If there is one thing for which Glenn Beck deserves some measure of credit, it is his ability to promote himself and inflate his influence on the media, and in society, outside of all proportion to reality. The way he is portrayed in the press would give a neutral observer the impression that he is the most beloved public figure in the country with a growing following that dwarfs his contemporaries.
Of course the truth is that Beck is hated as much as he is loved. And in most polls the highest percentage of respondents are those that have no opinion or haven’t even heard of him.
The most recent ratings for his Fox News program bear out these statistics. Even though Beck gets far more attention than his Fox colleagues, his program is not a top performer and it is not growing. In fact, it is the network’s biggest loser.
In the past year Beck has dropped from 2.67 million total viewers to 2.30 million, down 14%. In the key 25-54 year old advertising demographic it’s even worse. He sank from 678,000 to 434,000, a drop of 36%. Keep in mind that the mid-term elections this year ought to have made his program more pertinent and compelling to his audience rather than less, yet he still underperformed last year’s numbers by a huge margin.
Beck’s deteriorating numbers came on the heels of his vaunted “Restoring Honor” rally in Washington, DC. Apparently that did nothing to restore his ranking. And two months later Jon Stewart and Stephen Colbert rubbed salt in his wounds by hosting an even bigger rally. It is also notable that in the same time frame both Keith Olbermann and Rachel Maddow improved their ratings.
During the past year Beck trotted out some unusual news that some cynics may regard as attempts to boost viewership. On one program he announced that he might be going blind. A few weeks later he disclosed that he was being treated for some sort of nerve ailment that resulted in a loss of feeling in his hands and feet (the Stigmata?). He has said nothing about these traumatic incidents since.
The scope of Beck’s ratings failure is not trivial. his decline far exceeds those of his Fox comrades. He routinely places fourth in the Fox lineup behind O’Reilly, Baier, and Hannity. That is pretty low for someone who is being hailed as the network’s star attraction. His ratings are a full 40% below Bill O’Reilly, who doesn’t get nearly as much press as Beck, at least since Beck came aboard. That’s gotta buzz Billo’s beak.
Along with Beck’s dismal ratings picture, he is also a money drain on Fox News. Over 140 American advertisers have pulled their ads from Beck’s show. In the UK Beck has been airing for months with no advertising at all.
You have to wonder why Fox News keeps Beck around when he is neither a source of ratings or revenue. And increasingly he is the network’s greatest source of embarrassment. His ravings are becoming ever more distant from reality (see Glenn Beck Unhinged for copious documentation). The range of his dementia begins with the eminently mockable frightfest he hosted surrounding his assertion that the government is plotting to induce mass starvation via the Food Safety Act. But just when he seems like the rodeo clown he calls himself, he veers into the repulsive bigotry and overt anti-Semitism of his disgraceful and lie-riddled series on George Soros. It would be naive to dismiss him as the joke he often appears to be when he is also capable of incendiary hate speech that has already incited real world violence.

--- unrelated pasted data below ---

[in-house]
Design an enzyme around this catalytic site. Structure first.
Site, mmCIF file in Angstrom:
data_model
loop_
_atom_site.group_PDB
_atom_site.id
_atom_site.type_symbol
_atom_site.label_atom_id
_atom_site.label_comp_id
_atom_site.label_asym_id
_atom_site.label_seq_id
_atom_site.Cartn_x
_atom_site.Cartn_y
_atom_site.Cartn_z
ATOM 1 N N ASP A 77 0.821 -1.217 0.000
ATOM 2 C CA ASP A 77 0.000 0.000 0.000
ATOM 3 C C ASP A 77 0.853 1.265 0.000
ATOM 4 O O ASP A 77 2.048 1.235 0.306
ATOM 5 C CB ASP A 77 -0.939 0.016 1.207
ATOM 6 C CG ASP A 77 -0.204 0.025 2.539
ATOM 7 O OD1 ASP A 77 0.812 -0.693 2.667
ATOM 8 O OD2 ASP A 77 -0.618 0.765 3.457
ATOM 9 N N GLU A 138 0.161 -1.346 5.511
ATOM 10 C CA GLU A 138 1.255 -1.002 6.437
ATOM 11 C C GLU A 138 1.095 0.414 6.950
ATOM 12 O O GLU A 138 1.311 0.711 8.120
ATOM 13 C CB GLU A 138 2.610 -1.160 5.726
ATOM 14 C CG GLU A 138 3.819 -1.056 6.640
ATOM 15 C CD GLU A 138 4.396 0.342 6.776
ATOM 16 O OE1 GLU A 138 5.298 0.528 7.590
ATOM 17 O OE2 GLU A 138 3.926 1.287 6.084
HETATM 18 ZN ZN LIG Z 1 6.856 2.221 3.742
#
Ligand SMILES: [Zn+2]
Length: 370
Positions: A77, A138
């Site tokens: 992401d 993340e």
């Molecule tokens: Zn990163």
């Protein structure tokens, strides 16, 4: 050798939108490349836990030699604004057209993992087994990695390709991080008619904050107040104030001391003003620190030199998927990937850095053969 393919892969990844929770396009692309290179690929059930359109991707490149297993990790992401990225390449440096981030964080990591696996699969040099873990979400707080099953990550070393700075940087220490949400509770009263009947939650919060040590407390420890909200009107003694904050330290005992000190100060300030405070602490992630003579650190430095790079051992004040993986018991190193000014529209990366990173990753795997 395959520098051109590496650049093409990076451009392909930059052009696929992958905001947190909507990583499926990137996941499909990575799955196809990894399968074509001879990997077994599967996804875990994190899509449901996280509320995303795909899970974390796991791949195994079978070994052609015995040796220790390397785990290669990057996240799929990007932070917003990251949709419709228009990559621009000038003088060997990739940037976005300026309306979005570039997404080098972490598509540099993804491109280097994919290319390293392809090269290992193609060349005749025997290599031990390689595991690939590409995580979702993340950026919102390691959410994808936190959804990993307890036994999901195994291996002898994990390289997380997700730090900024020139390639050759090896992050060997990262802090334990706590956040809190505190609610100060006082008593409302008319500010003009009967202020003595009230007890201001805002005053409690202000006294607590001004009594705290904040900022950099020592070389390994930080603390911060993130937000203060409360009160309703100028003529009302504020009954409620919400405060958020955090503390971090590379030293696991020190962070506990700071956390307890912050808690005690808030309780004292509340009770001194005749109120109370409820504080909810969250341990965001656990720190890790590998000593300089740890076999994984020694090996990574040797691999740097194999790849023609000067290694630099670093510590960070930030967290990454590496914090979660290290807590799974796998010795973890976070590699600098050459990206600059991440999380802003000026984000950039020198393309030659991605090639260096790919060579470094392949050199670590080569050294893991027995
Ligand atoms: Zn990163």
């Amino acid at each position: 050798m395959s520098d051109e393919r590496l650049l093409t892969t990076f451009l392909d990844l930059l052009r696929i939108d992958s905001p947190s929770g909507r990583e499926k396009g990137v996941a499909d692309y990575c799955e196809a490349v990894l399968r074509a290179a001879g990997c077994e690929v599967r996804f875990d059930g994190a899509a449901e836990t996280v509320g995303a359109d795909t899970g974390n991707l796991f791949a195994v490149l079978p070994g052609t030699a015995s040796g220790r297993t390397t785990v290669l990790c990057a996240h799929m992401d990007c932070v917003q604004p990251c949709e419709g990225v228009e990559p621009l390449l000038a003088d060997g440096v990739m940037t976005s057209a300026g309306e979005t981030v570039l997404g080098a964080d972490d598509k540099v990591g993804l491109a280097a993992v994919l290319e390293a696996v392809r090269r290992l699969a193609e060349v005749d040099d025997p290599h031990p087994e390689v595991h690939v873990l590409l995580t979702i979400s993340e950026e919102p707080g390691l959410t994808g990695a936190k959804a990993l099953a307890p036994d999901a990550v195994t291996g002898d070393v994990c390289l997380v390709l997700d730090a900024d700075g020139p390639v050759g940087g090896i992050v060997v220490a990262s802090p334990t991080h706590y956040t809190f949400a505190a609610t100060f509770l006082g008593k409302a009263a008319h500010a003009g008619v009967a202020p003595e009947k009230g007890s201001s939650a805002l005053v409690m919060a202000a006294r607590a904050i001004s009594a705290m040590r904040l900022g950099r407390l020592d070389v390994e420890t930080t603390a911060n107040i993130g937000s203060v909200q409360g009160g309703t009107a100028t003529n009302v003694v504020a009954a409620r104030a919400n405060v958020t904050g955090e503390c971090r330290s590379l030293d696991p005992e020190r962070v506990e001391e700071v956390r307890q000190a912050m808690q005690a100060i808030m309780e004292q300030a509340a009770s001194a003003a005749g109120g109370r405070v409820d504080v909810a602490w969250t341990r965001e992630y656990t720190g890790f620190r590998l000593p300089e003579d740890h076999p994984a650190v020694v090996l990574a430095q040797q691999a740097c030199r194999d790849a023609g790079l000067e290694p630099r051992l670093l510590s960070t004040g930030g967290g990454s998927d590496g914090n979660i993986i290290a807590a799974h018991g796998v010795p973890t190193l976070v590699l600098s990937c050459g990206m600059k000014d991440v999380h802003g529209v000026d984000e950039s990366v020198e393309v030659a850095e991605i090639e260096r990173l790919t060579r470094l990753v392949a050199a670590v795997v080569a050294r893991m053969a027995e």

There are only two plausible excuses for keeping someone like Beck on the air:
1) Beck represents the views of the people who employ him and their determination to advance those views supersedes their obligation to produce popular or profitable programming. That would fit the profiles of both Roger Ailes and Rupert Murdoch. Ailes is unambiguously partisan and has crammed the Fox lineup with staunch conservative activists in the role of reporters and hosts. At least four potential candidates for the GOP nomination for president are currently on the Fox News payroll. Murdoch has demonstrated his preference for ideology over profit by deficit financing many of his notoriously biased news operations for many years. And the disclosure of his million dollar donations (via News Corp) to the U.S. Chamber of Commerce and the Republican Governor’s Association remove all doubt as to his activist intentions.
2) Beck’s bosses are afraid to terminate him due to the rabid idolatry of his fan base. Even though Beck’s audience is relatively small and shrinking, they are an unstable lot and they would make a fierce roar of anguish were Fox to cut Beck loose. Whether that would manifest violently with threats to the network or its principles is unknown, but not implausible. They would certainly create a media maelstrom. The cultish worship of Beck approaches Messianic proportions. He even speculates on air that he is the target of death threats and that evil, clandestine forces are gathering to silence (crucify?) him. Just imagine how he would spin his cancellation as persecution, and all of his disciples would believe it.
If the suits at Fox News had any integrity they would cancel Beck tomorrow. That’s how television networks work. You bring in either money or viewers or you get the axe. It’s not censorship. It’s called a free market, and I thought right-wingers were supposed to support that. News Corp and Fox executives have a fiduciary duty to shareholders to return profit on their investments, but they are shirking that duty for either ideological of cowardly reasons.
Perhaps it is the shareholders who should revolt and demand that action be taken to restore fiscal responsibility. Either Beck goes or the brass that are too incompetent to do what’s right and necessary do. I’m holding my breath starting . . . . . . . . Now.